Released later that same year, Bomber might have topped its predecessor as far as UK chart position was concerned (#12 to Overkill‘s 24), but despite the presence of such stalwart tracks as “Dead Men Tell No Tales”, “Stone Dead Forever”, and the roaring title track, it sounded too rushed overall (two albums in six months will do that), and sounded too much like a sequel, as opposed to Overkill‘s authoritative mission statement. Still, the table had been set. Motörhead were on the cusp of something huge, and 12 months later, they would kick off the 1980s in style, starting with That Song.

Every great rock band has that one song that captures the imagination of audiences to the point where it becomes both a ubiquitous concert fave and a song that defined an era. Zeppelin had “Stairway to Heaven”, Deep Purple had “Smoke on the Water”, Sabbath had “Paranoid”, and Motörhead has “Ace of Spades”. The sonic equivalent to spontaneous combustion, it begins with Lemmy’s famous two-note riff which forms the basis for the entire track, with Taylor revving the engine with his snare, and in the blink of an eye, pow, they’re off and running at a speed metal clip, which was, at the time, unmatched by anyone. As the song cruises along at breakneck speed, Lemmy sneers those famous lyrics that some consider a dark metaphor for life, while others (like Lemmy himself) think it’s just about a card game; nevertheless, however you interpret it, his words pack a punch, climaxing with the verse, “You know I’m going to lose/And gambling’s for fools/But that’s the way I like it, baby, I don’t wanna live forever.” Concluding with a brilliant, screaming guitar solo that is arguably Clarke’s finest hour, “Ace of Spades” leaves listeners catching their collective breath, and no matter how many times you hear it, its impact never diminishes.

The rest of Ace of Spades is stacked with classics, making its 36 minute running time all the more impressive. “Shoot You in the Back” serves up an inspired Wild West motif, highlighted by Clarke’s versatile guitar work (from the slithery opening riff to the fantastic wah-wah solo), “We Are the Roadcrew” is a furious, dryly funny tribute to the unsung heroes of the touring life, and “Jailbait” is as lecherous as the title would indicate. As good as the title track is, though, the band save the best for last, first with the 90 second run-through of “Bite the Bullet”, which then segues into a real masterpiece in the form of “The Chase is Better Than the Catch”, arguably the best song in the band’s entire catalog. With its simple, three chord riff and Taylor’s snare/cymbal accents as subtle as a ball-peen hammer hitting a skull, “Chase” grooves like no other Motörhead track, before or since. Lemmy is in full stalker mode, growling, “A little beauty, I love you madly/Come on home with me/I know you’re hot/I know what you’ve got/You know I want to shake your tree.” After a sinister breakdown which has things quieting down in the wake of Lemmy’s eerie pleas of “I can’t hear ya,” Clarke takes over, in a soaring solo to cap off the song. For all the praise “Ace of Spades” gets, “The Chase is Better Than the Catch” is Motörhead at their most nuanced, one of the most thrilling musical moments in ’80s metal.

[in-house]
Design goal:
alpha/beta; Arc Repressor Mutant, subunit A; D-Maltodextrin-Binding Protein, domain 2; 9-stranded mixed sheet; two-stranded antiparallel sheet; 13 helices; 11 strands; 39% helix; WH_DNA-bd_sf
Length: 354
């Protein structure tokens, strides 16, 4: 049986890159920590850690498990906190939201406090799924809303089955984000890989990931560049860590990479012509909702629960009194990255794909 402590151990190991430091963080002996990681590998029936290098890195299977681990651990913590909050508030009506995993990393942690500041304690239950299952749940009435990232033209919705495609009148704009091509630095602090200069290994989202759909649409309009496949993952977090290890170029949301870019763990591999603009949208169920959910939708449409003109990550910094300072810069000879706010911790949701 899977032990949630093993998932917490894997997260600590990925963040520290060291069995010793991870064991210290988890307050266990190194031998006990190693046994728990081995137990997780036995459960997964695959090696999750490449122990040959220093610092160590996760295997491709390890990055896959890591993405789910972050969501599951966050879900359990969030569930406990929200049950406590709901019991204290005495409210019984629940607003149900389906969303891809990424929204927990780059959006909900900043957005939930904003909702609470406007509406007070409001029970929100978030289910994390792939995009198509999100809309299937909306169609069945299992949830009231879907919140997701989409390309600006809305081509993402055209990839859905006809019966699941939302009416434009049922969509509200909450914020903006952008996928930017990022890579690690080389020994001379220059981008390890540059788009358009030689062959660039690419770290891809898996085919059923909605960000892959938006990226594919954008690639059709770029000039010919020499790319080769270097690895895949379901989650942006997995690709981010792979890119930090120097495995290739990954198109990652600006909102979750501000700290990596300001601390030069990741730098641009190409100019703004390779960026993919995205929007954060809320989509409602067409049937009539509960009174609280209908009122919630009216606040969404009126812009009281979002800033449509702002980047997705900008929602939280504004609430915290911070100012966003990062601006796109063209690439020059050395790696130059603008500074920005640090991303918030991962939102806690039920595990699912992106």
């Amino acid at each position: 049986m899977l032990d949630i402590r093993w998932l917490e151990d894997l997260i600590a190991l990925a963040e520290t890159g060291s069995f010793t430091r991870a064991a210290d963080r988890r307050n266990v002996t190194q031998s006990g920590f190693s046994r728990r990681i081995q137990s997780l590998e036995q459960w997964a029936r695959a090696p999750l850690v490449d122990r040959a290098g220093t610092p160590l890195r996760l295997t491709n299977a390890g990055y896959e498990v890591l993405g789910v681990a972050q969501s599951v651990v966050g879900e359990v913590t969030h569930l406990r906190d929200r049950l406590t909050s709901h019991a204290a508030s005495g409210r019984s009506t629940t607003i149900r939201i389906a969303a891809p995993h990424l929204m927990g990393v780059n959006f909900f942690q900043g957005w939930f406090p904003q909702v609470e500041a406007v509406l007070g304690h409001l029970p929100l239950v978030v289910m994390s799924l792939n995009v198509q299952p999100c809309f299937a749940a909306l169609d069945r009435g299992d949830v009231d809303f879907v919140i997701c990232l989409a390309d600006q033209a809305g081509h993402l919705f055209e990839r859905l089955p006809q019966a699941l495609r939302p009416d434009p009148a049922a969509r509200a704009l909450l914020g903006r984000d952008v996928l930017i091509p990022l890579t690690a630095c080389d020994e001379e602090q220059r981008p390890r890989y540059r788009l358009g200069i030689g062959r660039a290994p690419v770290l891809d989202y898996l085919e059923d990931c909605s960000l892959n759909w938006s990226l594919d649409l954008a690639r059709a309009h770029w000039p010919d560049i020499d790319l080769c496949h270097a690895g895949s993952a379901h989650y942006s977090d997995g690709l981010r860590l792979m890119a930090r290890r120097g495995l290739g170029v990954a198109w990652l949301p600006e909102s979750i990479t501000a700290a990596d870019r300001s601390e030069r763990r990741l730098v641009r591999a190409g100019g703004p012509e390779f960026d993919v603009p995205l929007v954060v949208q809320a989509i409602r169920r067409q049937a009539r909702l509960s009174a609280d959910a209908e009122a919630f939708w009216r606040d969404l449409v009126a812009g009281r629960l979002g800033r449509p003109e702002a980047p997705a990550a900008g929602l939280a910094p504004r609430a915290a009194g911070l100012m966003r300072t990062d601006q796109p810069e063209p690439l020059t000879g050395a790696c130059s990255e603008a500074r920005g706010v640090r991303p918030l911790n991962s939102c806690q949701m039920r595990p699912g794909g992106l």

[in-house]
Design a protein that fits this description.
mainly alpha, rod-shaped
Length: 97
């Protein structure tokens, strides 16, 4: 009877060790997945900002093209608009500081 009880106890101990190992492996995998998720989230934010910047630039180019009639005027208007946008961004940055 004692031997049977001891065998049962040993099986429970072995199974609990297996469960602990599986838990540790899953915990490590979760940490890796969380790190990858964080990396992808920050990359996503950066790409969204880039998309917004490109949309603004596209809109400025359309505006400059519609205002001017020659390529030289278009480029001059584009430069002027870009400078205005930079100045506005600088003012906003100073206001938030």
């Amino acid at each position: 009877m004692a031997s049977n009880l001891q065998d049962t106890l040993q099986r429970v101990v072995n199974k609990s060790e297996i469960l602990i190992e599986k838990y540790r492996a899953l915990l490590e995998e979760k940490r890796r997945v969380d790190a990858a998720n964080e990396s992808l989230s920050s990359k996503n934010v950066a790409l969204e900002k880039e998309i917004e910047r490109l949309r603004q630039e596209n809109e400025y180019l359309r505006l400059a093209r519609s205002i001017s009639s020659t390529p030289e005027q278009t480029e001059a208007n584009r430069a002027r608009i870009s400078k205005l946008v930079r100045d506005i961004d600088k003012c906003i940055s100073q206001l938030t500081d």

A huge reason for the success of Ace of Spades is the work of producer Vic Maille, who has the band increasing their intensity tenfold, and sounding much tighter than they sounded on their 70s releases. The biggest improvement is the performance of Taylor, who is as savage as ever, but displays a control over his beats that he would never match on record again, his backbeats sharp and robust, his frenzied fills possessing tremendous flair. The bonus tracks are fascinating, offering us glimpses of the songs in their formative stages, most notably the title track, which sounds completely different, not to mention more tentative, than the final product. The trademark Motörhead sound is there, warts and all, but unlike the band’s work with Miller on the two previous records, Ace of Spades is flawless in comparison. Which also makes 1982’s follow-up Iron Fist all the more perplexing.

With the enormous success of both Ace of Spades and the immortal 1981 live album No Sleep Till Hammersmith (which shocked many by debuting at #1 in the UK), expectations from fans were justifiably high, but critics were also waiting in the wings, knives sharpened, eager to see how Motörhead could possibly follow up two masterpieces successfully. While the album kicked off, for the fifth consecutive time, with a typically fast, fiery title track, the rest of Iron Fist, from the band’s performance, to Lemmy’s voice, to the no-frills production by Clarke, sounded both weary and rushed, and the band were critically lambasted for it. As the decades have passed, though, the album still holds its own decently enough, as “Heart of Stone”, the hilarious “Sex & Outrage”, and “(Don’t Need) Religion” highlight a surprisingly pedestrian record that, despite the power, sounds a bit too safe.